The Cooperative Extension provides Rhode Island with more than 40 demonstration gardens throughout the state where members of the community can observe how volunteers tend the gardens. They also provide free soil pH testing multiple times throughout the week, hold free public presentations and operate a gardening and an environmental hotline.

“It’s meant to be an outreach to the public to educate them about what’s available. People who come can have absolutely no understanding of what’s going on, but they’ll get ideas from visiting. It’s a way to get people good information because we’re all learning,” said Judy, a Master Gardener since 2011.

She added: “I don’t like the title because I don’t feel like I’m a master at anything. And it’s the kind of thing where the more you learn, the more you realize you don’t know.”

The Knights’ garden serves as an example of what Venturini says are the criteria for a Master Gardener to be on the tour.

“We choose those who are willing to put in all the work, because it takes months to get the gardens ready, and those who showcase the practices we’ve taught them,” she said.

An additional requirement is the volunteer’s ability to communicate information to their audience. If a person can’t explain their methods well, then the visitors, all of which are highly encouraged to ask as many questions as they like, won’t be learning the art of environmentally sound and sustainable gardening, Venturini said.

The Knights have planned a scavenger hunt to engage those visiting their meadow. Visitors will be challenged to find different plants and features.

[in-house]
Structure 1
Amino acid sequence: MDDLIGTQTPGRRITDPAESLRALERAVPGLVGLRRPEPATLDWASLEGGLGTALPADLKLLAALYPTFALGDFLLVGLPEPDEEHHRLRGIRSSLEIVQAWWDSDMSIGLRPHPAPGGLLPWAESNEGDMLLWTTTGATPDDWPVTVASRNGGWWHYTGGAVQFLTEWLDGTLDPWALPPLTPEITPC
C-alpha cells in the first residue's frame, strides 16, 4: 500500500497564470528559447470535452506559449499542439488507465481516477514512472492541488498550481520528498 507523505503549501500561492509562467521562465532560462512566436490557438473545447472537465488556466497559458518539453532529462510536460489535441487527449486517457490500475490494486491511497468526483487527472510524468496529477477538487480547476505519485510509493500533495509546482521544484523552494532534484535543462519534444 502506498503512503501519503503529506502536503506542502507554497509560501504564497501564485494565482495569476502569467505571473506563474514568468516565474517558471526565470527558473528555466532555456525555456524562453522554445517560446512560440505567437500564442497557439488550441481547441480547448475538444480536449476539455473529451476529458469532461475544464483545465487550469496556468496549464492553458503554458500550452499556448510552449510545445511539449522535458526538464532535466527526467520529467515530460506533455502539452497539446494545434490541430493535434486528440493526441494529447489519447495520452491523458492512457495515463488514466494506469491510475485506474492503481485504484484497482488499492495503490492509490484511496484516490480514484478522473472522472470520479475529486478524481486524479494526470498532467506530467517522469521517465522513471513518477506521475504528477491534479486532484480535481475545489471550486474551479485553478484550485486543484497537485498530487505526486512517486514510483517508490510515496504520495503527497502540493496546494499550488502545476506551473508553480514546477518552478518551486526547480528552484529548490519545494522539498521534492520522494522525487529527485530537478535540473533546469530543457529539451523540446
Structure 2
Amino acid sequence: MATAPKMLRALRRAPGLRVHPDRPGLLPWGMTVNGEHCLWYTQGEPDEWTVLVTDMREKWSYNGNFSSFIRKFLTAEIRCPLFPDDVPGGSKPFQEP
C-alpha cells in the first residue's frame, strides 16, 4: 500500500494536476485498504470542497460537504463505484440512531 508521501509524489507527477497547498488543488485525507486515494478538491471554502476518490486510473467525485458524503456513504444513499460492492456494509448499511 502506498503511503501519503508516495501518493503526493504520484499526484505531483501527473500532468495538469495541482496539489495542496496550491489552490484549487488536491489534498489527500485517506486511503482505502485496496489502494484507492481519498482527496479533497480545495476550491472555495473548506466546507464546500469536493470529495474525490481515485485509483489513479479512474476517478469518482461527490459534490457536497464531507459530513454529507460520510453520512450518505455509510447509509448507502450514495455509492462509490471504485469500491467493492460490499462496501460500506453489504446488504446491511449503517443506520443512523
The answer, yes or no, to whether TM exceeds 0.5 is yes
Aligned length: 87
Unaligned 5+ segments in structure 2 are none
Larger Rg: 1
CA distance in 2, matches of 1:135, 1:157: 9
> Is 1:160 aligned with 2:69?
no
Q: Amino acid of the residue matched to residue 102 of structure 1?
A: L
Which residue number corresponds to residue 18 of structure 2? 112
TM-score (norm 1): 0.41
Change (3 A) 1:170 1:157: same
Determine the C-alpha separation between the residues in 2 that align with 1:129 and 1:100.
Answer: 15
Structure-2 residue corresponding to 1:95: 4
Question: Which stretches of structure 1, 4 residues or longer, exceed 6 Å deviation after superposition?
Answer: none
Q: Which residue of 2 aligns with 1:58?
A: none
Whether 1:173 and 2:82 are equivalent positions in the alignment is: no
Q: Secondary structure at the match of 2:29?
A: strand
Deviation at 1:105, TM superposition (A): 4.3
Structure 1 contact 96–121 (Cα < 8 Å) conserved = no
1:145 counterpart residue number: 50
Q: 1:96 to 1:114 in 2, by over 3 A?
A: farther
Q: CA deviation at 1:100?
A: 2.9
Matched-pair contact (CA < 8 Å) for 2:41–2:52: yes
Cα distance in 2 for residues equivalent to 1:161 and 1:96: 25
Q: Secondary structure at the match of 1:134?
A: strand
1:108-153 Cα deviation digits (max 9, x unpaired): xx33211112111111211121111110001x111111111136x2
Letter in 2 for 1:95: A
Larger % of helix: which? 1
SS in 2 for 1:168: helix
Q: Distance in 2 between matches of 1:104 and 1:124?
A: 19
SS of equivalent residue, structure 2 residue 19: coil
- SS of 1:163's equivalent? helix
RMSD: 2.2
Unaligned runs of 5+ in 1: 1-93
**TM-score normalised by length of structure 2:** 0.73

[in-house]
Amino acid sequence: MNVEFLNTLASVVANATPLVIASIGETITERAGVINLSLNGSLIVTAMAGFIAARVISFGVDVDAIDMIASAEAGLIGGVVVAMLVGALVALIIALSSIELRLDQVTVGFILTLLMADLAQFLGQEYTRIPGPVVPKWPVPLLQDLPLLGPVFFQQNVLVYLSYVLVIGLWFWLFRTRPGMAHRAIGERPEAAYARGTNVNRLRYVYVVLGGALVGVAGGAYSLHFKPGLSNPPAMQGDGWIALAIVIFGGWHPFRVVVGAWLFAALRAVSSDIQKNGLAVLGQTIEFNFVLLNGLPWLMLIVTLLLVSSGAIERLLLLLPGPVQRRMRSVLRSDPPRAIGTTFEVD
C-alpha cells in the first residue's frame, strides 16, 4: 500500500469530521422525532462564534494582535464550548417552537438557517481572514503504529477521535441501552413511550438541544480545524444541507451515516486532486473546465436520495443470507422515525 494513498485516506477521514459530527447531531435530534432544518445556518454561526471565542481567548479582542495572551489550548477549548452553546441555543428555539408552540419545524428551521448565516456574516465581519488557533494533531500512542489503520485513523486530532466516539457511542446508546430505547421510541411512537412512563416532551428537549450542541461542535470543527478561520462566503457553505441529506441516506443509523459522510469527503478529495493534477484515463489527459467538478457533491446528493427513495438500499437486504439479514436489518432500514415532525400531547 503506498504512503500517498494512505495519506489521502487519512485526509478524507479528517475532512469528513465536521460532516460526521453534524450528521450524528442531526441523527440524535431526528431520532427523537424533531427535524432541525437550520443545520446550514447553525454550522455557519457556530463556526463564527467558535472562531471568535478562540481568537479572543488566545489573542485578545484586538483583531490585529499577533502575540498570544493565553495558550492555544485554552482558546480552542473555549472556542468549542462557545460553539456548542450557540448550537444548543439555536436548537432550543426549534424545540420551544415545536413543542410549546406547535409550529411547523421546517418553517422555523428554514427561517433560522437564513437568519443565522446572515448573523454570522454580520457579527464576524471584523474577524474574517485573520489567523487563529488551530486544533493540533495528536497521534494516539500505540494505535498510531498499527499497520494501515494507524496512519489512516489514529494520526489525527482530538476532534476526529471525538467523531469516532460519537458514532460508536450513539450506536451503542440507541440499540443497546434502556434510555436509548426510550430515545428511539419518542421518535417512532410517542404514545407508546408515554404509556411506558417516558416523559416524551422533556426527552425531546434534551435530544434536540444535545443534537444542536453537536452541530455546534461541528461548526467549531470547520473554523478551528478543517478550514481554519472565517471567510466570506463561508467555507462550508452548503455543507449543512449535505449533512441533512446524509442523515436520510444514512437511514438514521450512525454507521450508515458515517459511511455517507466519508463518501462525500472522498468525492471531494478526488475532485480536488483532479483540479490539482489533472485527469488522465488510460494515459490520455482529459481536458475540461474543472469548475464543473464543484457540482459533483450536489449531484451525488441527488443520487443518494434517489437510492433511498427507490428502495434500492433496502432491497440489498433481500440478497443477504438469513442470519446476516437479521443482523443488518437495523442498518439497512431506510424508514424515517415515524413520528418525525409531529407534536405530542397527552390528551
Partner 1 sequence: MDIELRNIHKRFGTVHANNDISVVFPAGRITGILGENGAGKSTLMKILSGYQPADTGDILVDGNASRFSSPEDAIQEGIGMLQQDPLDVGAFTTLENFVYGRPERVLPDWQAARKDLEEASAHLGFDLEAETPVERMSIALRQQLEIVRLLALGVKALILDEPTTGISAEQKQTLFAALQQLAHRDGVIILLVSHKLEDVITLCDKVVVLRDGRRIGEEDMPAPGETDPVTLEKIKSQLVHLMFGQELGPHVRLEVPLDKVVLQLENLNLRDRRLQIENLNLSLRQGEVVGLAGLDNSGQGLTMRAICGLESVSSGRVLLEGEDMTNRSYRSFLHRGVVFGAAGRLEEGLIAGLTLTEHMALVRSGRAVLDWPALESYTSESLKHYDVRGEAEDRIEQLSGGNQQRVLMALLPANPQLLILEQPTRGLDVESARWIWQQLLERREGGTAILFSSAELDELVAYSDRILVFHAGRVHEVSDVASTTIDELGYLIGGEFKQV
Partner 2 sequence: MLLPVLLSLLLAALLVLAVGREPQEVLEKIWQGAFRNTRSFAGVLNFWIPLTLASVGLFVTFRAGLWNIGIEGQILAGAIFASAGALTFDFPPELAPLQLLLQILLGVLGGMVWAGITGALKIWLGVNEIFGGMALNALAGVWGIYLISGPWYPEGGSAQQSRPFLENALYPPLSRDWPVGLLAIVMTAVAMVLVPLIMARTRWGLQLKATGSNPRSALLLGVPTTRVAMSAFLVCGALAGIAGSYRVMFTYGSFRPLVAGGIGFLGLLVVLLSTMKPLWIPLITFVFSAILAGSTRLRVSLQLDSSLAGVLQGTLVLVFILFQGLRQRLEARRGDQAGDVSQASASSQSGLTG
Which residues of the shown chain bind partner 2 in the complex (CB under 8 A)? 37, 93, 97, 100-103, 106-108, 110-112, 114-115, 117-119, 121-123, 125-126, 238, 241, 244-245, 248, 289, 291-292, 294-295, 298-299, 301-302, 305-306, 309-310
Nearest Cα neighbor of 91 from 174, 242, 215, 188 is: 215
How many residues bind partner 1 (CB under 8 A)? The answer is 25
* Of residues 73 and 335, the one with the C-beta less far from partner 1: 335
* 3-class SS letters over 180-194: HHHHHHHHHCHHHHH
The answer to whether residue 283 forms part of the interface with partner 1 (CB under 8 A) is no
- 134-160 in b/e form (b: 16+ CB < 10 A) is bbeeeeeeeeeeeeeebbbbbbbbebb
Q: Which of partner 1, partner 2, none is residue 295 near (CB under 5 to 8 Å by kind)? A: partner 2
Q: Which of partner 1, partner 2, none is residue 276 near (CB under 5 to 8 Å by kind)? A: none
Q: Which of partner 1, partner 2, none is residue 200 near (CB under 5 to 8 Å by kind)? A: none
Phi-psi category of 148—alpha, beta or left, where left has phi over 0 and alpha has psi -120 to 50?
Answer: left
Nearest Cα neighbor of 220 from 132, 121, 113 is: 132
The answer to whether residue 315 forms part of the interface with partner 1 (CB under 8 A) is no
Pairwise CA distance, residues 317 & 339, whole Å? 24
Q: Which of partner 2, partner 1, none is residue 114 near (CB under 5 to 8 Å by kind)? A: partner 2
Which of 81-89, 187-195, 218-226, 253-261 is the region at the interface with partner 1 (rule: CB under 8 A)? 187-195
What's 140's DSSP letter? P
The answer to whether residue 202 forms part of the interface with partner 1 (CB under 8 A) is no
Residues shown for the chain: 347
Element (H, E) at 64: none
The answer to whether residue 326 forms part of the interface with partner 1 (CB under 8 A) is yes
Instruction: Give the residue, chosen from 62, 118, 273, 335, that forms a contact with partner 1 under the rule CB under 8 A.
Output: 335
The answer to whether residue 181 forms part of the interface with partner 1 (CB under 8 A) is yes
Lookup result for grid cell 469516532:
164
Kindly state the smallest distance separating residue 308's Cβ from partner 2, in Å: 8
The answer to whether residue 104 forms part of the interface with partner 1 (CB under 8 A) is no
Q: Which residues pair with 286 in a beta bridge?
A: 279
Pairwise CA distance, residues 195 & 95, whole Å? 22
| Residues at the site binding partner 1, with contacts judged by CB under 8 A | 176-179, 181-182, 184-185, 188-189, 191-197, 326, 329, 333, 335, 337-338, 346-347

A guidebook with a map and addresses to the 26 houses in Rhode Island and Connecticut serves as a ticket to the tour. It also provides descriptions of the properties and the gardens. The guidebooks cost $25 for one person and $22 each for two or more. Guidebooks can be purchased online at web.uri.edu/mastergardener/tour. Additional information is available by calling 874-2900.

This year’s tours include gardens in Charlestown, Narragansett, Peace Dale and Stonington, Connecticut, as part of the Southern Region; East Greenwich, North Kingstown, Providence, Riverside and Warwick as part of the Central Region; Newport and Portsmouth as part of the Eastern Region; and Chepachet, Cumberland, Foster and Seekonk, Massachusetts, as part of the Northern Region.

The money raised will go directly into “supporting all of the educational work we do throughout Rhode Island,” Venturini said.

“This event is so important, as we only do it every other year,” she added.

More than anything, Judy said it is the learning process that she enjoys the most, as it will never end. This is exactly how she and her fellow gardeners want visitors to think about the experience.

“I want people to be able to say there’s so much they have learned from visiting the different homes and asking the homeowners what they’ve done and why they’ve done it,” she said.